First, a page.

Slim pickings for teams wanting to change
By Chad Ford
Well it's here. Finally. Sort of. At least we think it is.
First the player movement moratorium (when free agents are free to actually sign deals) was supposed to be July 14. Then it was pushed back to July 22. Then to July 28. Then indefinitely.
Now the word around the league is that the moment of truth has finally arrived. Free agents will be free to sign Tuesday. In theory, at least.
That's great news for the 37 free agents who have already come to terms with teams. It's also fantastic for teams like the Nets, Rockets, Cavs and Lakers who have scored significant offseason additions this summer.
But it's bad news for several teams that still have significant cap room to spend this summer. With a projected $49.5 million cap, the Hawks ($23.5 million), Bobcats ($18 million), Hornets ($11 million), Clippers ($10 million), and Sonics ($10 million) still have money under the cap to burn.
Thirteen other teams -- the Bulls, Mavericks, Nuggets, Pistons, Warriors, Lakers, Grizzlies, Heat, Timberwolves, Sixers, Kings, Raptors and Jazz -- still have their full $5 million midlevel exceptions available. And a number of other teams still have partial mid-level exceptions available.
Another 13 teams -- the Bulls, Nuggets, Rockets, Pacers, Lakers, Grizzlies, Knicks, Magic, Sixers, Suns, Raptors, Jazz and Wizards -- can still use their $1.7 million exception.
In other words, there's a lot of free-agent money left to be had, but not a lot of free agents worth spending it on.
The Hawks are expected to use a big chunk of their cap room on Joe Johnson. However, if the Suns match the offer, they could be shut out for the second straight year. Other bad teams like the Hornets, Bobcats, Jazz and Blazers also have little to show this summer.
Still hoping that your team will make a major addition before the season starts?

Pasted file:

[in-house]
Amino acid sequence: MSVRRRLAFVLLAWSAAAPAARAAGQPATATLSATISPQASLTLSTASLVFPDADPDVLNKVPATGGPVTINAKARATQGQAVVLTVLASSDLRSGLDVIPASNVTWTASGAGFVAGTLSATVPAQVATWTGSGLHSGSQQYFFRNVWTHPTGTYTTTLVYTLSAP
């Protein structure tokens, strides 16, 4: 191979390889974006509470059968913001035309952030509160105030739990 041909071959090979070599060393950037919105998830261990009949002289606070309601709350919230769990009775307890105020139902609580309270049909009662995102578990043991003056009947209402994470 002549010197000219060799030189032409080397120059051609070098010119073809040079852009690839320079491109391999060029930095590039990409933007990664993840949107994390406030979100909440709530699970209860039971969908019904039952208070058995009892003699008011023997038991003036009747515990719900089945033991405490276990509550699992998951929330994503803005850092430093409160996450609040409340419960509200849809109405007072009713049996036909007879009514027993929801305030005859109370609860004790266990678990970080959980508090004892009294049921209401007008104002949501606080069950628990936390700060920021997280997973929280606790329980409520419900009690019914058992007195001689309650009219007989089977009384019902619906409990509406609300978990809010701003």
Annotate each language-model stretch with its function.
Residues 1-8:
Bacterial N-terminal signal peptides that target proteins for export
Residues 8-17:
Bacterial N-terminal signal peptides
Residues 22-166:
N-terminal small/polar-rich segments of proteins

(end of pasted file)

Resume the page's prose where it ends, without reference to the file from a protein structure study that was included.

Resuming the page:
Here's a look at who's out there on the free-agent and trade markets.
VIA FREE AGENCY
Tyson Chandler, PF/C, Bulls
Chandler should have an offer by now. He's got the same upside as Samuel Dalembert, and is younger and 3 inches taller. The Hawks or Hornets should take the gamble. What do they have to lose? As it stands, the Bulls are willing to give him Dalembert-type money to stay. He wants more. He probably won't get it unless he gets an offer sheet somewhere else. Of course, if he does, the word inside the Bulls' offices is that they'll match anyway.
Eddy Curry, C, Bulls
Having one bad heart is tough enough. But two? Curry's medical tests (and his uninsurable contract) aren't the only things scaring teams off. Teams worry whether he'll get in great shape or work hard once he has a fat, long-term contract in his hands. Hawks GM Billy Knight might gamble if he can't find anyone else to take his money, but right now it looks like he's the only one. Look for the Bulls to either re-sign Curry at a bargain price or for him to take the one-year tender and become an unrestricted free agent next year.
Antoine Walker, F, Celtics
It looks like the Celtics aren't going to make a strong bid to re-sign Walker -- despite the euphoria he created in his return to Boston. He's had a number of teams interested in signing him with their mid-level exceptions, but Walker wants more. The Heat, Kings and Sixers all have interest, but so far none of them has put together a sign-and-trade package that Danny Ainge is willing to swallow. Walker was in Miami Thursday, so things may be heating up there.
Marko Jaric, PG, Clippers
GMs love big point guards, and Jaric, who stands 6-foot-7, is as big as they come. When Jaric was healthy last season, he was pretty good. He started the season averaging 12.3 points, 6.3 assists and 2.2 steals per game, while shooting 44 percent on 3s. He ended the season with similar numbers. In between, injuries slowed him down to a crawl. If he can stay healthy, he could be a real steal in the free-agent market. But he's going to have to work out a sign-and-trade to get out of L.A. The Nuggets, Cavs and Timberwolves have shown the most interest. Can anyone make a deal with the Clippers?